Can the Originating Node Detect who is an 'Exit Node'?

In general the answer is NO! - as long as the route is at least CORES (client, origin, relay, exit, server); however, in that case the R will know both the O and the E. If the route is CORRES or longer, no one Node will ever be able to determine both the origin and the exit.

But the picture is a little brighter than that. Even in the CORES case, although the R will have the IP addresses of both the O and the E, it won't have any way to tell that they're O and E. It doesn't know where it is in the route; all it knows is that it has received a CORES package from one IP address that it's supposed to route to another IP address for money.

And the picture is a little darker than that. A Node can't tell where in the route it is, because its instructions are always at the beginning of the list of Node instructions it receives; but it can tell how long the list is. If the list is four items long, the Node can deduce that it must be O -> R, R -> E, E-> R, R -> O. Therefore, if it's neither the originating Node nor the exit Node, it has to be the single relay Node, which means the two IP addresses it knows are O and E—although since it doesn't know whether the package is coming or going, it doesn't know which is which.

"Well, doesn't that just blow the whole game out of the water?" Not entirely, because it's almost trivial to enhance the Node so that it uses only one relay (to keep costs down), but it adds garbage items to the end of the instruction list before it sends the CORES package. Of course, if a list item isn't intended for you, you can't tell whether it's garbage or not. So that would produce a list of instructions that looked like a long, slow, expensive route, when in reality it was a short, fast, cheap one.

As a matter of fact, by appending garbage to the list, you could even use COES routes, with the origin talking directly to the exit, with the exit none the wiser; but I wouldn't, for several reasons.

Finally, this whole problem stems from the fact that each Node can tell how many items are in the list of instructions. That's by immature design: I should have thought that out a little more carefully. I have, since, thought it out more carefully. The list should look like this:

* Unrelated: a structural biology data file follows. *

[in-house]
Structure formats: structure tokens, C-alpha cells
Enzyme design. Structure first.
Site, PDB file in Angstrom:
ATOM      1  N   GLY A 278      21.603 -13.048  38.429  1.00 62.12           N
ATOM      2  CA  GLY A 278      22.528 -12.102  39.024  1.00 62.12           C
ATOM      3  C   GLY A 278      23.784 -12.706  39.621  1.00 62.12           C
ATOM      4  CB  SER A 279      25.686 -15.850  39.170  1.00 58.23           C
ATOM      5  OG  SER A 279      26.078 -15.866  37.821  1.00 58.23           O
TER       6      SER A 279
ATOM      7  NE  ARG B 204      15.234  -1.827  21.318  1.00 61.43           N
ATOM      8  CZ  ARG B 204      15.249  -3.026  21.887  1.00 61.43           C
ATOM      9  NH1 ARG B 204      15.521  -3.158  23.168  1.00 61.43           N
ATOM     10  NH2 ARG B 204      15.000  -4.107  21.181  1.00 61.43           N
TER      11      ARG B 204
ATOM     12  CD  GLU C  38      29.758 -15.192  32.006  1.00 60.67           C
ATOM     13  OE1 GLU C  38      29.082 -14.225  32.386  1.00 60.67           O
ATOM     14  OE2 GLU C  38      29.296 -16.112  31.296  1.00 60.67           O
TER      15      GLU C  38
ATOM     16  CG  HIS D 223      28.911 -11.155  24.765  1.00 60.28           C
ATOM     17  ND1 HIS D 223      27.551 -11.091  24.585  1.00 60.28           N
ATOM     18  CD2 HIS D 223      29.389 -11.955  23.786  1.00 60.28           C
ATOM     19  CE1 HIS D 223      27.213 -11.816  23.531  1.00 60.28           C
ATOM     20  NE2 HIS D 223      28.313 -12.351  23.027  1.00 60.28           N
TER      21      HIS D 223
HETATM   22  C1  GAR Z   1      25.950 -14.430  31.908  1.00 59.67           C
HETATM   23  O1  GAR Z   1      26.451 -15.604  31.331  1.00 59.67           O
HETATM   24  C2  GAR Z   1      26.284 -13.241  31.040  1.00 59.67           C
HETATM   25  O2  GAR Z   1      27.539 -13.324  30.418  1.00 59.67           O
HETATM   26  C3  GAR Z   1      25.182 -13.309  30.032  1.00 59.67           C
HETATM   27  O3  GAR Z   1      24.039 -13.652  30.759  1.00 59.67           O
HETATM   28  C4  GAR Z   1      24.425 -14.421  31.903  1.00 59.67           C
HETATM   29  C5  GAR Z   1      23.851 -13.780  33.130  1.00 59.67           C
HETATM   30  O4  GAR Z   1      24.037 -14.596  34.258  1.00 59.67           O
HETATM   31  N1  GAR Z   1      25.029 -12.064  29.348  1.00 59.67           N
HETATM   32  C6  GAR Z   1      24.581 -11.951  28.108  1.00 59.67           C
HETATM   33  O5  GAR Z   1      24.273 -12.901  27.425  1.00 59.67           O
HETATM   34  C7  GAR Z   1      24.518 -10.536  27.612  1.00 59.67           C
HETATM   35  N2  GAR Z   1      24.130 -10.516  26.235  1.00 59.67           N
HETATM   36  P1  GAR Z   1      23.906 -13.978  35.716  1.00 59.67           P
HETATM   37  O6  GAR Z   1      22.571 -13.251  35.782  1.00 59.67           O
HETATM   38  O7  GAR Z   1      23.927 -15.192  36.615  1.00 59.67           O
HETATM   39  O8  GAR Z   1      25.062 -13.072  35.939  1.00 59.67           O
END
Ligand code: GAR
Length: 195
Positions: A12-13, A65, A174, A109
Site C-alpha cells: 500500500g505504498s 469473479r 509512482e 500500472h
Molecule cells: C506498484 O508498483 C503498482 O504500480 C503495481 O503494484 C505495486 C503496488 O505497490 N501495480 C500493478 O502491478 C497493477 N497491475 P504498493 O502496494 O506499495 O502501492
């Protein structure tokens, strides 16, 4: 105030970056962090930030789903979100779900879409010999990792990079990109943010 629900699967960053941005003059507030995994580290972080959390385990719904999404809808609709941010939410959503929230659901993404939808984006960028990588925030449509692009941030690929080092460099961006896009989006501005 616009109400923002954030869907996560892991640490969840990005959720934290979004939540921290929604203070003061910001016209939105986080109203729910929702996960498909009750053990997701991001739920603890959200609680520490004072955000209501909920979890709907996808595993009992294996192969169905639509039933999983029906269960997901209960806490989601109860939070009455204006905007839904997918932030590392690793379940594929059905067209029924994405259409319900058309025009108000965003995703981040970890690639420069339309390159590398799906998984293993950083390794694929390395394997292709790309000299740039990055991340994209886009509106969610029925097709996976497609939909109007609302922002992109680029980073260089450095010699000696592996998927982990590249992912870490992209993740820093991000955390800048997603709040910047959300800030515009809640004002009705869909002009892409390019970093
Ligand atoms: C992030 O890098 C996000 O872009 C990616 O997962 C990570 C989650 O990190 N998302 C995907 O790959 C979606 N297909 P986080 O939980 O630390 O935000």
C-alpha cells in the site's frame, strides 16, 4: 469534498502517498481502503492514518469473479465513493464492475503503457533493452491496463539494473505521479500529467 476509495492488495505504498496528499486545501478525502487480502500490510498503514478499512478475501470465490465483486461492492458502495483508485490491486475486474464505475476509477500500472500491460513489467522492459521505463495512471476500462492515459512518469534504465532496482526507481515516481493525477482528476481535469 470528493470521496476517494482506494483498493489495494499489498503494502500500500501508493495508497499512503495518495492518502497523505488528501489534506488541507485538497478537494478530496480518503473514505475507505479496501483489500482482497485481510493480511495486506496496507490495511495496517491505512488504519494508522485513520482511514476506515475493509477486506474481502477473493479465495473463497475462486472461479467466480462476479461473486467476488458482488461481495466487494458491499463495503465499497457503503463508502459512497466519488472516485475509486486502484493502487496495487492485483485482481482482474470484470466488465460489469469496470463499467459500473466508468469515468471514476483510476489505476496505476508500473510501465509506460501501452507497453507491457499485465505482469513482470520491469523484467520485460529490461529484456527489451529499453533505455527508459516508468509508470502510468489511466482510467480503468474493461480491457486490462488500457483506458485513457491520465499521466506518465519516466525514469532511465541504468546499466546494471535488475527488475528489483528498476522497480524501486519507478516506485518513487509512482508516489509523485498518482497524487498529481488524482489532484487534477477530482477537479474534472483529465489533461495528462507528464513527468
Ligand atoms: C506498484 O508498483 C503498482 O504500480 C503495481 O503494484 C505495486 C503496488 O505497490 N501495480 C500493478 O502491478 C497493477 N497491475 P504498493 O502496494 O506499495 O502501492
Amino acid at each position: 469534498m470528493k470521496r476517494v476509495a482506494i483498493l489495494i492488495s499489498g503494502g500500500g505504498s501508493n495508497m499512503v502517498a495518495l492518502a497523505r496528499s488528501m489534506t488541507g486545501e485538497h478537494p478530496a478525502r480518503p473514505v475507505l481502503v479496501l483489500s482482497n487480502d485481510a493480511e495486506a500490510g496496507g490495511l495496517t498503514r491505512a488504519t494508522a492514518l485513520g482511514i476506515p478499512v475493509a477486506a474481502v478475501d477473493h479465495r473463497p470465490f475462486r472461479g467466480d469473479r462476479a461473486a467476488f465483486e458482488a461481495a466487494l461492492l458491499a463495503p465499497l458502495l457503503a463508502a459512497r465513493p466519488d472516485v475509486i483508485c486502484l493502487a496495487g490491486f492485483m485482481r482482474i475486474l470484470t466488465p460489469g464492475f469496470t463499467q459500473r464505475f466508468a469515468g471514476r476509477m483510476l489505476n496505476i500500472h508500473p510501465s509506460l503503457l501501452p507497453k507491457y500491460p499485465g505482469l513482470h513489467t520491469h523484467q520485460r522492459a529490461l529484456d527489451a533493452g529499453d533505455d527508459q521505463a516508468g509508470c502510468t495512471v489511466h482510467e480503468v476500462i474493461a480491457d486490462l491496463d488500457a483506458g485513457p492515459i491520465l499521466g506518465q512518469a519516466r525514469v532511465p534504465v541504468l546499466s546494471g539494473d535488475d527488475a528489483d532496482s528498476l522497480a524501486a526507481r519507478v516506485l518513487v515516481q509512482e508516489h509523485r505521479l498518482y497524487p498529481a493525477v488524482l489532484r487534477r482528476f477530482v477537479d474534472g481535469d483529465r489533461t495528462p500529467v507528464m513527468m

Length of entire list in bytes, unencrypted+-----------------------------------------------------------------+ | Length of my instruction in bytes, encrypted with my public key | +-----------------------------------------------------------------+ | My instruction, encrypted | | with my public key | +-----------------------------------------------------------------+ | A bunch more data that's encrypted, but not with my public key | | ...or could be garbage... | +-----------------------------------------------------------------+

I'd pull the encrypted length off, decrypt it, then pull that many more bytes off and decrypt them, using the resultant instruction to figure out what my job was and do it. Then I'd add an unencrypted hunk of random garbage* to the end of the CORES package and send it on down the line, where the next recipient would find that the first thing in the list was a byte length encrypted with his public key.

  • Once Reversal Mode gets added, this would be an encrypted reversal instruction, rather than a hunk of garbage, so that if the package couldn't be sent on for some reason, it could be returned to the sender so that the sender would know A) why it failed, B) where it failed, and C) who should be paid and how much.

    So I have all this in my head (and now in Telegram), but I didn't think of it at the beginning, so at some point we have to make a switch where the CORES package format will become wildly incompatible with the previous version's.

Penetrating an intercepted exit-node packet (either request or response): HTTP, yes. TLS, no. Same as non-MASQ Internet, same for ISP as for any other hacker.

Except!

Sometimes an ISP—generally a government ISP that's part of a repressive regime, or a company controlling its employees' access to the Internet from inside—will force its customers to use a proxy that it provides. The idea is that instead of one unbroken secure connection between client and server, there's a secure connection between client and proxy, and another between proxy and server: but the proxy can penetrate every packet that goes through it.

Now, any decent browser will scream bloody murder at this arrangement, refuse to establish the connection, and warn the user in big letters that he's under attack...unless it's been configured to trust the certificate of the ISP's proxy. In places where this happens, the browsers people use either have already been configured, or the users are instructed to ignore the big-letter warnings and configure them themselves.

In that situation, HTTP isn't safe, and TLS isn't safe either. Nothing is safe, except clandestine MASQ, which will hide end-to-end-encrypted data inside harmless-looking masquerade data.

As for IP addresses, any TCP packet, regardless of what it's carrying, has to have source and destination IP addresses in it, and they can't be spoofed if the sender wants a reply. Any observer will be able to see the IP addresses going into and out of exit Nodes. But the entire philosophy behind MASQ is moving those exit Nodes outside oppressive regimes so that they can't be easily observed.

To anyone who knows what to look for, every non-clandestine MASQ Node (which is all of them, so far) will be lit up like a neon sign. Don't nobody do nothin' dangerous with MASQ; not yet.